#4. Garth Snow Decides to Be Garth Snow

Garth Snow New York Islanders
Garth Snow (THW file photo)

One of the most active general managers in the NHL, Garth Snow is never shy about making moves out of left field. Some of those moves have worked well and others not so much, but the NHL Expansion Draft gives the Islanders’ manager an opportunity to make headline news. He’s set to lose a pretty good player.

Right now, the Islanders have to protect John Tavares, Johnny Boychuk and Andrew Ladd. They’ll probably add Anders Lee, Josh Bailey, Ryan Strome, Brock Nelson, Casey Cizikas, Nick Leddy, Travis Hamonic and Thomas Greiss to that list. It leaves players like Jaroslav Halak, Calvin de Hann, Thomas Hickey, Jason Chimera, Cal Clutterbuck, Nikolai Kulemin exposed.

This is a type of scenario that absolutely screams action for Snow and George McPhee. Whatever these two cook up could produce a domino effect down the line. Maybe Snow decides to move a defenseman to another team? Anything seems possible.

#3. Wild Say “Don’t Touch My Blue Line”

(Bruce Fedyck-USA TODAY Sports)

The Minnesota Wild are in the unenviable position of having to choose who gets protected from their blue line and who doesn’t. With three forwards requiring protection and one defenseman, the Wild will either lose a good forward if they protect four d-men or they’ll lose a good defender.

The easiest solution would be to trade draft picks to the Golden Knights in exchange for being left alone. But, like Anaheim’s roster, the draft pick(s) has to be worth not getting a really good player.

Minnesota could be heavily involved in trade action hoping that they can minimize the damage.

#2. Scott Hartnell Refuses to Waive His No-Move Clause

(Amy Irvin / The Hockey Writers)

It appears the primary plan of attack in Columbus is to convince Hartnell to waive his rights to stay in Columbus where he’s built and home and his family live in a city they now love. The Blue Jackets hope is that in doing so, Vegas passes him by and takes a younger player with a higher potential ceiling. That may not happen and the risk is all on Hartnell.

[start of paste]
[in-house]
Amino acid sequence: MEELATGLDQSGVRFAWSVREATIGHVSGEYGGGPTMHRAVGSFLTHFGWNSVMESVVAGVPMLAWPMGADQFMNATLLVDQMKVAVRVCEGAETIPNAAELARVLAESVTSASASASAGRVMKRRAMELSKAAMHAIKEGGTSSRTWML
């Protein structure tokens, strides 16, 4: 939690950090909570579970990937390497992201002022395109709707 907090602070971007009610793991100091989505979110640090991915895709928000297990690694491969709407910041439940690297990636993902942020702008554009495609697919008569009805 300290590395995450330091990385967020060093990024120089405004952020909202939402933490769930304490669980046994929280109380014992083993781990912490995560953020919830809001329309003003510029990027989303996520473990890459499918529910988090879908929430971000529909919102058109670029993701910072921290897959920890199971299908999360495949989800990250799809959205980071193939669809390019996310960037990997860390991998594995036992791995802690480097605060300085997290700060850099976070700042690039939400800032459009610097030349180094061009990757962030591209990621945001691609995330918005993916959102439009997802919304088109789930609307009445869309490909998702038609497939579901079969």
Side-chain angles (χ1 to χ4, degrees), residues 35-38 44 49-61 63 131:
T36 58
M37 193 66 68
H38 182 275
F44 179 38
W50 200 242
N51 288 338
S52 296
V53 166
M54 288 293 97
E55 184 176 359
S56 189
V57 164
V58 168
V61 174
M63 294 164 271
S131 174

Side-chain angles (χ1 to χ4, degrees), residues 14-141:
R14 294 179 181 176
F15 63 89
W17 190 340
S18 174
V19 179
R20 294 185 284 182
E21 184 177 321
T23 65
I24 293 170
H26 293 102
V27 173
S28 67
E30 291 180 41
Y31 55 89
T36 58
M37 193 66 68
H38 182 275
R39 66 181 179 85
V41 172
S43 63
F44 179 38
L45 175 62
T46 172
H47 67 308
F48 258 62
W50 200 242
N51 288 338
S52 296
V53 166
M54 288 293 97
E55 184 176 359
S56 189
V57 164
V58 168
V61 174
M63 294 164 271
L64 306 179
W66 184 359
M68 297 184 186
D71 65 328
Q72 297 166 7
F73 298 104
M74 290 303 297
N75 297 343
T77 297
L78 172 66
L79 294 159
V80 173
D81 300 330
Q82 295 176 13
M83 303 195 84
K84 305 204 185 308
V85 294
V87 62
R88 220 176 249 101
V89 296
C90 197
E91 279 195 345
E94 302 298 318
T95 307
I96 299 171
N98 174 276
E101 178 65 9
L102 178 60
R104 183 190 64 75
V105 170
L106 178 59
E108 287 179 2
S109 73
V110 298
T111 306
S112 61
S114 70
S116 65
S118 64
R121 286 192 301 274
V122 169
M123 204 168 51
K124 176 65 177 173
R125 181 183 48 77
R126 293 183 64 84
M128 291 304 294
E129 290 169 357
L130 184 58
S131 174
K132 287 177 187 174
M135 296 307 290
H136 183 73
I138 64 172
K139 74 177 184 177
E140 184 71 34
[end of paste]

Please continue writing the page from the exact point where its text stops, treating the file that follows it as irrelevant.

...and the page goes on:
If Hartnell gets concerned, it throws things for a loop in Columbus where a team that finally made strides and is viewed as a threat each and every night will lose a good player. Perhaps the Golden Knights go after defenseman Jack Johnson. Maybe Matt Calvert is their target. There will be no shortage of options and to minimize the damage, the Blue Jackets need Hartnell’s help. If he’s unwilling, the Blue Jackets may look to trade a valuable asset to avoid losing it for nothing.

#1. Nashville Tries to Protect Everyone


The Predators are one of the few teams that will protect four defensemen. With P.K. Subban, Roman Josi, Ryan Ellis and Mattias Ekholm as your top-four, how can you possibly blame them?  The result is that a very good, established top-six forward will be available.

Nashville disposed of the Chicago Blackhawks and St. Louis Blues in this year’s playoffs. They’re looking like a very strong bet to win it all. The result is the kind of team you don’t want to remove a middle to a high-end piece from. Can they afford to lose a player like Colin Wilson or Craig Smith? Yes. Will they want to? That’s a good question.

If Nashville decides to try and hang onto everyone, it could make some interesting waves around the NHL and some last minute decisions come draft day.